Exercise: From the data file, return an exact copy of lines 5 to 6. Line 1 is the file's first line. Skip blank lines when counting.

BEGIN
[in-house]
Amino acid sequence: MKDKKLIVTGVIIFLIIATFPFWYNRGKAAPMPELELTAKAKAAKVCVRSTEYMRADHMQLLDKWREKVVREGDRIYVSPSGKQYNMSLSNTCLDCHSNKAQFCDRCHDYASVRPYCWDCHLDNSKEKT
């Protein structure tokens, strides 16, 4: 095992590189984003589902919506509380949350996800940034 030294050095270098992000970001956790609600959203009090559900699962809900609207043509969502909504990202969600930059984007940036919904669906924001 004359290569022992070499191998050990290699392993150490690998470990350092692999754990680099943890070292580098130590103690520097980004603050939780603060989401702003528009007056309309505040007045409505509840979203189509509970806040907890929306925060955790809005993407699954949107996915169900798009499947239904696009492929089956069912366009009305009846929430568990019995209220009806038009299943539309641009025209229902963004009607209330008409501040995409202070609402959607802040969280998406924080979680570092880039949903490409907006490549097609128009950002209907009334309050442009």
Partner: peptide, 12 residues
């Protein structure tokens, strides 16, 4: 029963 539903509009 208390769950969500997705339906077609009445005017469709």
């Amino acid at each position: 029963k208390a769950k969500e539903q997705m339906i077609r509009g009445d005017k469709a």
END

């Protein structure tokens, strides 16, 4: 029963 539903509009 208390769950969500997705339906077609009445005017469709």
């Amino acid at each position: 029963k208390a769950k969500e539903q997705m339906i077609r509009g009445d005017k469709a």